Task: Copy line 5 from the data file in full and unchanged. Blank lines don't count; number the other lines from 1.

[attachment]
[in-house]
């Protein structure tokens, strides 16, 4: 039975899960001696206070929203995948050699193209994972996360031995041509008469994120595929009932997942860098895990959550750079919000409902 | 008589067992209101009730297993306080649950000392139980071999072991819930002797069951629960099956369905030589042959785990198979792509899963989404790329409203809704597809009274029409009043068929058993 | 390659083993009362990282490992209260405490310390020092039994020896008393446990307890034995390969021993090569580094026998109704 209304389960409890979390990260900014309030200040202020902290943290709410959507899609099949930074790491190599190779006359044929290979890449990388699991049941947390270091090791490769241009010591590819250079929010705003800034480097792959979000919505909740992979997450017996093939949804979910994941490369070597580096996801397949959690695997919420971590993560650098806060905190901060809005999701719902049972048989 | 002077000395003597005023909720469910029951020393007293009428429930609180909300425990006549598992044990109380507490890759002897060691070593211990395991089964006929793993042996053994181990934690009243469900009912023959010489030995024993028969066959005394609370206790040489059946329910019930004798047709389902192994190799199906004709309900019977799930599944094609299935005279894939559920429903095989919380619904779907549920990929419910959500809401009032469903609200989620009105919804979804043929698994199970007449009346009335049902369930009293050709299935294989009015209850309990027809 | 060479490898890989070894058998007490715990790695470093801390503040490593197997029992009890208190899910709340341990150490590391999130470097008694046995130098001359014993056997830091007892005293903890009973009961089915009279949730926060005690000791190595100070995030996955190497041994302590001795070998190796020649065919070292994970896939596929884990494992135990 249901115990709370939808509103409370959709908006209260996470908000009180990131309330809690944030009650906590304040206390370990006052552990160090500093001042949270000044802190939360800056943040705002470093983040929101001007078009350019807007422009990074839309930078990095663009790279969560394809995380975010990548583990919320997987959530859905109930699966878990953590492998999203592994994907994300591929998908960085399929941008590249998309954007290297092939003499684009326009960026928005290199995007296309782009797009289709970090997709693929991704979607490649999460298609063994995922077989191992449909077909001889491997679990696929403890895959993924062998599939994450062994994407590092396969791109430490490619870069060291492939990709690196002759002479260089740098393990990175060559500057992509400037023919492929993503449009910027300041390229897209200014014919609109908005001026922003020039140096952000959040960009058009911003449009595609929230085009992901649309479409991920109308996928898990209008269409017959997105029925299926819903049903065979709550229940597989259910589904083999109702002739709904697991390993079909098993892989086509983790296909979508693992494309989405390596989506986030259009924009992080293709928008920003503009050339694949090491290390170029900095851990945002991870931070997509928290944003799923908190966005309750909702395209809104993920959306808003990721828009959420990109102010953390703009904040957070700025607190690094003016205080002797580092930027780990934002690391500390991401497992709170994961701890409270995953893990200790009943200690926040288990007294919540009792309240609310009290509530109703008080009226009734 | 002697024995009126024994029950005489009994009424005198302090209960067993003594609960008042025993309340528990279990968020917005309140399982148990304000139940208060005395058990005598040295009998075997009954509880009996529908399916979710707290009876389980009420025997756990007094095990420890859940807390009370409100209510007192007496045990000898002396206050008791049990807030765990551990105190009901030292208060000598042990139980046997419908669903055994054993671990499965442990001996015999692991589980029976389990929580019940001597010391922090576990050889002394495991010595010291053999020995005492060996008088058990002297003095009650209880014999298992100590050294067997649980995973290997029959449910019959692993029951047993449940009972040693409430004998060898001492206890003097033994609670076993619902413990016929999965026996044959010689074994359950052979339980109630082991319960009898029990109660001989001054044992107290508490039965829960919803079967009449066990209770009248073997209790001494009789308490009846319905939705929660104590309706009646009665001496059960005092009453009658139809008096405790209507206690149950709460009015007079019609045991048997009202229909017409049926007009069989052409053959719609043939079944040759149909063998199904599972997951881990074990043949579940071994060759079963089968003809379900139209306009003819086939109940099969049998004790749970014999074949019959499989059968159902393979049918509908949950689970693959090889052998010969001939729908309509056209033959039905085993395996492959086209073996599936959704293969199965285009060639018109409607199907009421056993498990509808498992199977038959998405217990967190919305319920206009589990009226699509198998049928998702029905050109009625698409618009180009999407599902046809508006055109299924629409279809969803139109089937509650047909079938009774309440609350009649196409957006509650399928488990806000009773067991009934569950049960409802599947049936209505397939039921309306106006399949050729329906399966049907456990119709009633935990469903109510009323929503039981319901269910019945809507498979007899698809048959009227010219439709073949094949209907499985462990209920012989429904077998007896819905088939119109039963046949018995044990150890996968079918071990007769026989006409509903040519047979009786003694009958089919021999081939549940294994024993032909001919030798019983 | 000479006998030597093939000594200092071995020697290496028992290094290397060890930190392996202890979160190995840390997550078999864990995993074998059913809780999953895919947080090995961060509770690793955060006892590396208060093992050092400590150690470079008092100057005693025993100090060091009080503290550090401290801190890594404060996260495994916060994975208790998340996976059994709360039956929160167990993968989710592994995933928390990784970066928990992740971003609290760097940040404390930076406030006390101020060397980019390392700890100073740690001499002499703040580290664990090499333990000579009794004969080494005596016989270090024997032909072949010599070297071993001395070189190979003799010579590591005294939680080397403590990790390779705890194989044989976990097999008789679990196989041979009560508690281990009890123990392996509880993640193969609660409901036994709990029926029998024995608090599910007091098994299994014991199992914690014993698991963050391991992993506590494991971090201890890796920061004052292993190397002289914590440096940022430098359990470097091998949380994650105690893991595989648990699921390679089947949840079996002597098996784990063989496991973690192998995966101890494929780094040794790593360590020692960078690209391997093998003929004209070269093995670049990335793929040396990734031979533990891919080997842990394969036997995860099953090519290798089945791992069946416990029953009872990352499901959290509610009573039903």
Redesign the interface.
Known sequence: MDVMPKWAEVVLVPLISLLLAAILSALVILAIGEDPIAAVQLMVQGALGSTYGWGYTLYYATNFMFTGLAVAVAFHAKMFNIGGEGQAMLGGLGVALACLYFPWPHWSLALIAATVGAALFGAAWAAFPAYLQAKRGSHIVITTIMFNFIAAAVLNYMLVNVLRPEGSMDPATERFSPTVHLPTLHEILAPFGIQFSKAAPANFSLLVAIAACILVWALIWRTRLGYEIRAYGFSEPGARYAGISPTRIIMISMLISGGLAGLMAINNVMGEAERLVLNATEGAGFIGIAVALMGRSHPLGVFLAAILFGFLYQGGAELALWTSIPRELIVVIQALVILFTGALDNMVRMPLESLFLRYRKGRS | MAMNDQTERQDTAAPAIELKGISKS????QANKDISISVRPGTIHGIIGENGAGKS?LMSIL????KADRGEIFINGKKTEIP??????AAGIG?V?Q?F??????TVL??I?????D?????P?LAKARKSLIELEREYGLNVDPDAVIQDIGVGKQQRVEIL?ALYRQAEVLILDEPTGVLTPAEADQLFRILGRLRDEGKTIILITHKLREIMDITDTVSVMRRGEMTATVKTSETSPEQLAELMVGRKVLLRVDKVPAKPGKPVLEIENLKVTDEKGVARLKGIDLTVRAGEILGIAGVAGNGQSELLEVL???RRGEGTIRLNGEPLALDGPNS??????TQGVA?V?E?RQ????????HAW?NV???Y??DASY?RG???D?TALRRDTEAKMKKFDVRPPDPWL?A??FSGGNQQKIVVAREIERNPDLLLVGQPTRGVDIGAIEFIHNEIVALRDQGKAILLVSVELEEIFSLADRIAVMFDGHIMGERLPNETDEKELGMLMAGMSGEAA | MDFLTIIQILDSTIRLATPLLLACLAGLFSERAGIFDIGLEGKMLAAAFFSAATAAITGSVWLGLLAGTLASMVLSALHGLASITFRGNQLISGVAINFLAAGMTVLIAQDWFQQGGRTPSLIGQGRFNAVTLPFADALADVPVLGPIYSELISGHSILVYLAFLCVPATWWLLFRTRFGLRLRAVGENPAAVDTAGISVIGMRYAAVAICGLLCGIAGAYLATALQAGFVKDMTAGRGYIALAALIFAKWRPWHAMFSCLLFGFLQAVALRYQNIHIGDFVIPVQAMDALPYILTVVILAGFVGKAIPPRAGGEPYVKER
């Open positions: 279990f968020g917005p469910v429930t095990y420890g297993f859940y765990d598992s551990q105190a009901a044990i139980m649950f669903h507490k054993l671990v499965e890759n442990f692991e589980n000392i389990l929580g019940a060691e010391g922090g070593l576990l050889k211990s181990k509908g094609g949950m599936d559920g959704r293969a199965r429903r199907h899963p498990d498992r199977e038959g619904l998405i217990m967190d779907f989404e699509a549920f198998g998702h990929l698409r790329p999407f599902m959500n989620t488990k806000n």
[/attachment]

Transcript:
């Open positions: 279990f968020g917005p469910v429930t095990y420890g297993f859940y765990d598992s551990q105190a009901a044990i139980m649950f669903h507490k054993l671990v499965e890759n442990f692991e589980n000392i389990l929580g019940a060691e010391g922090g070593l576990l050889k211990s181990k509908g094609g949950m599936d559920g959704r293969a199965r429903r199907h899963p498990d498992r199977e038959g619904l998405i217990m967190d779907f989404e699509a549920f198998g998702h990929l698409r790329p999407f599902m959500n989620t488990k806000n």